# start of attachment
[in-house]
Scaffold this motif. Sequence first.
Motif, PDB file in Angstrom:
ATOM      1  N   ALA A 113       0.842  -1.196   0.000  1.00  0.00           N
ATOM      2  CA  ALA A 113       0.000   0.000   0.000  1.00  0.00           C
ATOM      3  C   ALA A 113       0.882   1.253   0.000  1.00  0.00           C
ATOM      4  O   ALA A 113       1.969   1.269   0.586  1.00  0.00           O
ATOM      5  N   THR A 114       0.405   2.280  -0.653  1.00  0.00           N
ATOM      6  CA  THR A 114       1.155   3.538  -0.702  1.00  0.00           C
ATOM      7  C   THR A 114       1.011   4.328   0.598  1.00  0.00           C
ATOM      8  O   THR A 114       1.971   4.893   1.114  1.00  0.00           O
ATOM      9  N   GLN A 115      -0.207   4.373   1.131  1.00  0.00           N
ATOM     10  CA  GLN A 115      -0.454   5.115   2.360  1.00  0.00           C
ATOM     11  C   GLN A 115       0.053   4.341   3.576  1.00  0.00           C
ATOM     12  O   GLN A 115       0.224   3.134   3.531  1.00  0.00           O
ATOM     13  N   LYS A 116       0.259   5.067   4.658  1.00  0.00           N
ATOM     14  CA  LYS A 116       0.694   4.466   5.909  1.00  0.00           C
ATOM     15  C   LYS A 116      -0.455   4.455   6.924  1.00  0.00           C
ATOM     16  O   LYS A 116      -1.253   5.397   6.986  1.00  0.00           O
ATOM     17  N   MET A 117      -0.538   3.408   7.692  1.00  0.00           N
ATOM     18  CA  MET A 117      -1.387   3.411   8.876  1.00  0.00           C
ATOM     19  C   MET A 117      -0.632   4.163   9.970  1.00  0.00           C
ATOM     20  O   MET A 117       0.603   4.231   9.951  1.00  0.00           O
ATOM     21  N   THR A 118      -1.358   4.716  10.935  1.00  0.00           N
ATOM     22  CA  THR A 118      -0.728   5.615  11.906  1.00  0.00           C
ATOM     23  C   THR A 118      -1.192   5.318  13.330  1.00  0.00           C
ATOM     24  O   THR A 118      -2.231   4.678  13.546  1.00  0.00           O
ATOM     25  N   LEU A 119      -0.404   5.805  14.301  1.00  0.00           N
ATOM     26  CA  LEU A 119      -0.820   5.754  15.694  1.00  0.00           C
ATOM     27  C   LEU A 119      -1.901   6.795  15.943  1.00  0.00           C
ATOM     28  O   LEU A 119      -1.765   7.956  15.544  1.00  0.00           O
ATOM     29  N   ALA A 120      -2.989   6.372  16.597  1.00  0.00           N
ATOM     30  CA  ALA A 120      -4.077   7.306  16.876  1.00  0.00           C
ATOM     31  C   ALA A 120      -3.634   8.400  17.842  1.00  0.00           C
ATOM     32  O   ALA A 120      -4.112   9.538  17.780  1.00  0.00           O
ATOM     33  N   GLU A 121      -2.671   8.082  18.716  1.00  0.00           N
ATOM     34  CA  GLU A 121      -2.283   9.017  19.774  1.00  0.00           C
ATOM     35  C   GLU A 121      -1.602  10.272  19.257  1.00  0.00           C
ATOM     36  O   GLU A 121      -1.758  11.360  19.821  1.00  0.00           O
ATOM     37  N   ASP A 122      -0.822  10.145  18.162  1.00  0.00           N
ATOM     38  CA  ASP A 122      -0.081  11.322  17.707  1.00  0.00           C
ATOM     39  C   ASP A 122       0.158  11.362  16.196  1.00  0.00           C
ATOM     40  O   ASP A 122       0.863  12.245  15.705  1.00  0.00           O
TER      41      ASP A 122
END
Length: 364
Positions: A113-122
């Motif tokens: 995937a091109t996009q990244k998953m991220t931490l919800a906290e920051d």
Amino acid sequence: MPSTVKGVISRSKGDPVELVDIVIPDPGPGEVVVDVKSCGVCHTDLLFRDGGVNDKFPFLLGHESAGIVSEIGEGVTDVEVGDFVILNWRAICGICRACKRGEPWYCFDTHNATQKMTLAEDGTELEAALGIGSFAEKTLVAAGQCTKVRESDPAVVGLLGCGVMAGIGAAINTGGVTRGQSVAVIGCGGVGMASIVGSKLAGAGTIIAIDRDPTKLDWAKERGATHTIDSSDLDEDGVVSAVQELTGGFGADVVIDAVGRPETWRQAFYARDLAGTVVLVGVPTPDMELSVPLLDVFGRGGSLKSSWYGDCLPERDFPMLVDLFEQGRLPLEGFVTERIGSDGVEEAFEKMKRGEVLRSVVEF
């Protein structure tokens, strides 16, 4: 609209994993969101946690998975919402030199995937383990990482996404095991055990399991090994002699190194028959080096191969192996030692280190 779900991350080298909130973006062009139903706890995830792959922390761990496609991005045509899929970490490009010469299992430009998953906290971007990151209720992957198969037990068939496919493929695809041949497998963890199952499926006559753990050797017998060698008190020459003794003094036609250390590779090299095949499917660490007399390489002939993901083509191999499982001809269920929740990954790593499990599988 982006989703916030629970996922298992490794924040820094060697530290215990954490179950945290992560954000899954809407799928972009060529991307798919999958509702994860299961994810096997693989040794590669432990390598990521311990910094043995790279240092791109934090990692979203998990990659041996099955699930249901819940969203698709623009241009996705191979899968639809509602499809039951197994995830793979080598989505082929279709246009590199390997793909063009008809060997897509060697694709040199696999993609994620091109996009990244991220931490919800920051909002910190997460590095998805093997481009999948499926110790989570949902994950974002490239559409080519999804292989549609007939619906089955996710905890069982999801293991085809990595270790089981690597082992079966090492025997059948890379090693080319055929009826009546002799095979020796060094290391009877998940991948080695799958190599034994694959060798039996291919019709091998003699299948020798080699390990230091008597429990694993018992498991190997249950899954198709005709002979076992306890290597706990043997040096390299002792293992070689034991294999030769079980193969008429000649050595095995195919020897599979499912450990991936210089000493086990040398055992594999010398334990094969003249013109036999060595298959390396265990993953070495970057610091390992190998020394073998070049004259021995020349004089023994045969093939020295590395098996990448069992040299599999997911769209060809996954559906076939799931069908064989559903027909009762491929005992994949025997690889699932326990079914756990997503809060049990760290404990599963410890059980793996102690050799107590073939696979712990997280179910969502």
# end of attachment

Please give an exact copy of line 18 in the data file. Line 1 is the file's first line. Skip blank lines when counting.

ATOM     15  C   LYS A 116      -0.455   4.455   6.924  1.00  0.00           C